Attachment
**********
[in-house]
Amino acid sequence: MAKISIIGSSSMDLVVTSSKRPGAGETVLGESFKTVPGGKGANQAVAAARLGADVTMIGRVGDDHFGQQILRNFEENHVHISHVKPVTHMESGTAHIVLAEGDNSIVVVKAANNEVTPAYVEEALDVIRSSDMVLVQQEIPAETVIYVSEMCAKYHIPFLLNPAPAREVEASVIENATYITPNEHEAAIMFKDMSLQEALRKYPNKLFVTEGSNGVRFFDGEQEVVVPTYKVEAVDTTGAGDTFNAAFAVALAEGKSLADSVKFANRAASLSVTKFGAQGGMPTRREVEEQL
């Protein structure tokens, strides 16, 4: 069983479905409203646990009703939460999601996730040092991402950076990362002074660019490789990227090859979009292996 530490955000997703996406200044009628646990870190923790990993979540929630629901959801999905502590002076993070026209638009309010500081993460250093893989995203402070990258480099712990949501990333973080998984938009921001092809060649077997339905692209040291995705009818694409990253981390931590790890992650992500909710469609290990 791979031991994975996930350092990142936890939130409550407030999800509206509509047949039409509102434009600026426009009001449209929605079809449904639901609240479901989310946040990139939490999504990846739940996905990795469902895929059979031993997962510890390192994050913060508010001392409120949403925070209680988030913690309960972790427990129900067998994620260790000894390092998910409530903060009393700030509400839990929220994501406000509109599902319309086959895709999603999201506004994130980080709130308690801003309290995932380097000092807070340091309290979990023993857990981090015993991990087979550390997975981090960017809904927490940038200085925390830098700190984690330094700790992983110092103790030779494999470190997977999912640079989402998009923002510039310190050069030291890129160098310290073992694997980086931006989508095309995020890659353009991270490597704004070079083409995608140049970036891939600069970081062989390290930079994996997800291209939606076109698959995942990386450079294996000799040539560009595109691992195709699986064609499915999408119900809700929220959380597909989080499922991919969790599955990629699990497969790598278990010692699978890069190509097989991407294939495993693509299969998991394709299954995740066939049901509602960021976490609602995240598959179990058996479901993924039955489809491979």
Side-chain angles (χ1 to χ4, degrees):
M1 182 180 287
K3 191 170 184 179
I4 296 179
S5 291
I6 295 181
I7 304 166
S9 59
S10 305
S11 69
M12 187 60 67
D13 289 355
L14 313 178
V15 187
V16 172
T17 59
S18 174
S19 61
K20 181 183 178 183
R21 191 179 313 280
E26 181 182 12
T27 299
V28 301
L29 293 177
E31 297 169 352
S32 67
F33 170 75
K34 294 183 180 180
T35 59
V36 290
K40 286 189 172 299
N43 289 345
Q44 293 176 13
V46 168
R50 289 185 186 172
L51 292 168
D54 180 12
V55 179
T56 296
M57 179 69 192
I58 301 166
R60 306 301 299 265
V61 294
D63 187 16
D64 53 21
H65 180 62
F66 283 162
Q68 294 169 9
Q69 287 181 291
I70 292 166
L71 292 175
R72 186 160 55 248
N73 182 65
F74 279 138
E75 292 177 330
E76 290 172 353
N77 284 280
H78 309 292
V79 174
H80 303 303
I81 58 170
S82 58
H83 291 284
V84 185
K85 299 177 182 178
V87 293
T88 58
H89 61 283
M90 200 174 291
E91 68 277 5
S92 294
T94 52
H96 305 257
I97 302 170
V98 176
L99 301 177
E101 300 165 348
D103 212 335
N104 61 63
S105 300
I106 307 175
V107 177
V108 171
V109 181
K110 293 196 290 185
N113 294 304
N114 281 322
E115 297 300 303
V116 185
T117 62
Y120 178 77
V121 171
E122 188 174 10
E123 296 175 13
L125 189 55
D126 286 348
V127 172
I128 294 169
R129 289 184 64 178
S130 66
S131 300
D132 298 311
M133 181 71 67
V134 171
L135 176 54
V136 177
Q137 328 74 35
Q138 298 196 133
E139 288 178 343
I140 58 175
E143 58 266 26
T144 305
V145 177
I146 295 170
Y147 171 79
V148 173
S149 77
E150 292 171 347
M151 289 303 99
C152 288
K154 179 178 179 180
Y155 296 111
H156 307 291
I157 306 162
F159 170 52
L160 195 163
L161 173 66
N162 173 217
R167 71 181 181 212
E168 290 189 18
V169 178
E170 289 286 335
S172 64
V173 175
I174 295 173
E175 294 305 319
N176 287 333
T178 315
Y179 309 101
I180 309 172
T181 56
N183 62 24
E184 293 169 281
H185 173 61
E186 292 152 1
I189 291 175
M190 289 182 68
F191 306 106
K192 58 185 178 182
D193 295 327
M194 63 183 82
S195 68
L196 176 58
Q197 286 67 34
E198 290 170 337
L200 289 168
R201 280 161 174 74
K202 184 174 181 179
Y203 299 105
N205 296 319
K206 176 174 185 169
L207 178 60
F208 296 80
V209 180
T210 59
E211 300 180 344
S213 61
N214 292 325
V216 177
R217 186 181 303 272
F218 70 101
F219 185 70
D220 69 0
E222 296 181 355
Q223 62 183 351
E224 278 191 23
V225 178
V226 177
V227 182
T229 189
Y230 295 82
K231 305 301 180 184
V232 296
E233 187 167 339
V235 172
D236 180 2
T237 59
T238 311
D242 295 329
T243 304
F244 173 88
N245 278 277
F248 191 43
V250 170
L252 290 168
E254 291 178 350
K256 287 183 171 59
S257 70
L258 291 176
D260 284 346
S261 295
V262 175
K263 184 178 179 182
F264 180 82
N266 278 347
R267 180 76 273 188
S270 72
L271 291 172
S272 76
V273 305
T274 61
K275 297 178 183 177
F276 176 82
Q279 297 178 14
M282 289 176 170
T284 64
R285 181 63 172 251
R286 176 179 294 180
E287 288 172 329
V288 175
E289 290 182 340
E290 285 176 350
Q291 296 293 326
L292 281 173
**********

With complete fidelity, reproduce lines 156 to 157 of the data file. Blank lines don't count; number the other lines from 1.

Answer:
L196 176 58
Q197 286 67 34